Harm and Culpability

By A. P. Simester; A. T. H. Smith | Go to book overview
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10
Coercion, Threats, and the Puzzle of Blackmail

Grant Lamond*

A complete theory of the criminal law must be located within wider philosophical perspectives, particularly those provided by moral and practical philosophy. The law has special institutional demands which fashion both its content and process, but underlying these constraints is the role of the law in giving effect to those values which it is obligatory or desirable to uphold. The enterprise of criminal law enforcement presupposes the validity of moral requirements. Hence the concern of criminal law theorists with the normative standards which warrant particular offences.

The aim of this paper is to demonstrate the value of setting problems of criminal law theory within the broader perspective of practical philosophy. Practical philosophy concerns the nature of human action -- both individual and collective -- and the reasoning which (either explicitly or implicitly) underlies action. A clearer appreciation of the nature of practical reasoning can help to explain some of the specific features of the criminal law. As an illustration of this general thesis I will discuss some of the more important features of coercion, coercive threats, and consent in order to show how a better understanding of these can assist in explicating an intriguing puzzle within the criminal law presented by the offence of blackmail.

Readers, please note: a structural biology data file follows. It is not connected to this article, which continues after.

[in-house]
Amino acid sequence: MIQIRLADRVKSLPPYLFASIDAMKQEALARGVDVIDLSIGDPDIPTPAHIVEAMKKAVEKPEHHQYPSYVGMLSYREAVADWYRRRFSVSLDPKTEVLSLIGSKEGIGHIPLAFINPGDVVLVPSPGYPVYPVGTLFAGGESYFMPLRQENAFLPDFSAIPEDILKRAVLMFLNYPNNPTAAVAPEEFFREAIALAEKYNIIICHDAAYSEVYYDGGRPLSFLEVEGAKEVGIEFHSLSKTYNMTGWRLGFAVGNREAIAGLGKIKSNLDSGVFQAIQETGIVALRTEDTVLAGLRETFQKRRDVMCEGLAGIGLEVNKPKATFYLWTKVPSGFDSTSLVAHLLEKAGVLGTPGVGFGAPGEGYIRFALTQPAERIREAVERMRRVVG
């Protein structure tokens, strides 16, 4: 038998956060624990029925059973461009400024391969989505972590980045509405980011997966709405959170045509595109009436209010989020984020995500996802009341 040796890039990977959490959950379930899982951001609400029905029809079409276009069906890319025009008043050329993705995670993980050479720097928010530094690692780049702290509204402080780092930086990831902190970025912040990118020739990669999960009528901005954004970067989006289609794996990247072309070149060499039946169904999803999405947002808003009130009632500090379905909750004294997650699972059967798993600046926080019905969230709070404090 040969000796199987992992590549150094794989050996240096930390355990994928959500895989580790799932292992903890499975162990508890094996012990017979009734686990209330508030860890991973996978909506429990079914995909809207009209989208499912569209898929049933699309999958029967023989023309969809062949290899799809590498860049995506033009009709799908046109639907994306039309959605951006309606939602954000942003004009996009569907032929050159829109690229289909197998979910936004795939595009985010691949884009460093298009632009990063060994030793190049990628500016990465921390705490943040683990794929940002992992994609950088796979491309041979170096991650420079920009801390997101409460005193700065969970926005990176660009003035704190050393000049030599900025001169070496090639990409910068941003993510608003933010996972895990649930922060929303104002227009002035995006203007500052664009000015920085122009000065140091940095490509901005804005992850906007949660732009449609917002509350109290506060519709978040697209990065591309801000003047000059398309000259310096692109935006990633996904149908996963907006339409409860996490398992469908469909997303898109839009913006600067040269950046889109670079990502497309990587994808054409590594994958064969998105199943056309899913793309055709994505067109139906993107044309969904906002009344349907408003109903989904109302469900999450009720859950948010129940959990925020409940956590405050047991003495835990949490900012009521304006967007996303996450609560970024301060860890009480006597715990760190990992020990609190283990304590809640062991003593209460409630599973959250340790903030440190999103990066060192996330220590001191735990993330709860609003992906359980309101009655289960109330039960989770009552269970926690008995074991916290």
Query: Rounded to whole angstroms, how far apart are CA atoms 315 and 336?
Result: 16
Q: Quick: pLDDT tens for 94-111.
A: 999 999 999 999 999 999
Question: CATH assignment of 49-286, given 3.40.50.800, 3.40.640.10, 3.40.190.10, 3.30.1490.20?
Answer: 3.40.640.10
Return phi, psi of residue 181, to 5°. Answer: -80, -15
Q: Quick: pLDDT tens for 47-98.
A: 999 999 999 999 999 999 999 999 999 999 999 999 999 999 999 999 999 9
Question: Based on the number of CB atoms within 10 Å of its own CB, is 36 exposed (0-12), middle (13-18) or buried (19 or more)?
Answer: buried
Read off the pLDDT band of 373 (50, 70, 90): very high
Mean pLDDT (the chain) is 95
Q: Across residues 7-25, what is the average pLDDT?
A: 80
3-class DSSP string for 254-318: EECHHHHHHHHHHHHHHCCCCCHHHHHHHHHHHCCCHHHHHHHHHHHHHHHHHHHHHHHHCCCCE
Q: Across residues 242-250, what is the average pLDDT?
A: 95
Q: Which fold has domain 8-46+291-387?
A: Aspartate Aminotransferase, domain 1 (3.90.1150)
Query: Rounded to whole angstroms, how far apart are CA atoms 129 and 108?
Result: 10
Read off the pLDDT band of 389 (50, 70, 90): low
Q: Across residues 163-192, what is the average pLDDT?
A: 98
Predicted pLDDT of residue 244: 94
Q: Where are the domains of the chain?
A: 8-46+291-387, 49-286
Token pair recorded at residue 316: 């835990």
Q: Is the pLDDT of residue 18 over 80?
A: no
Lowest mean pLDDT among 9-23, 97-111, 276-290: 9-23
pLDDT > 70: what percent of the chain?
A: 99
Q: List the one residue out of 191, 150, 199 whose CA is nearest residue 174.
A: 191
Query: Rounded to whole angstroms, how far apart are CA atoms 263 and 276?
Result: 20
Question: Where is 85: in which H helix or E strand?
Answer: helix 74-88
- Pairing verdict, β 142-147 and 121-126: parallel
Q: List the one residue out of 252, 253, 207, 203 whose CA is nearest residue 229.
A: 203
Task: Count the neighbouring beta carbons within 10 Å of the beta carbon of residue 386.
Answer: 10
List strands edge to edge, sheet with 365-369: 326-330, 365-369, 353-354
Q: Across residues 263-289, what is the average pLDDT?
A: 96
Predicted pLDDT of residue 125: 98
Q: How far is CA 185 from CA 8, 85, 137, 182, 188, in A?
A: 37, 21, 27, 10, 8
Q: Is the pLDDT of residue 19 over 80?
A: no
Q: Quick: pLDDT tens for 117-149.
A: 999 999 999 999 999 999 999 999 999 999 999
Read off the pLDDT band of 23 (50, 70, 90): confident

The puzzle of blackmail arises in the following way. Statutory definitions of the crime extend its coverage to situations where one person demands money from another in exchange for not revealing some secret. What is puzzling about this is that in many cases of this kind the actual revelation of the secret would be quite legal. Revealing an affair to someone's spouse is legal, but threatening to do so unless paid a sum of money is a standard case of blackmail. If it would be legal to ask another for money, and also legal to

____________________
*
I would like to thank John Gardner, David Kell, and Andrew Simester for their comments on earlier versions of this paper, and also the participants in seminars held in Cambridge in 1994.

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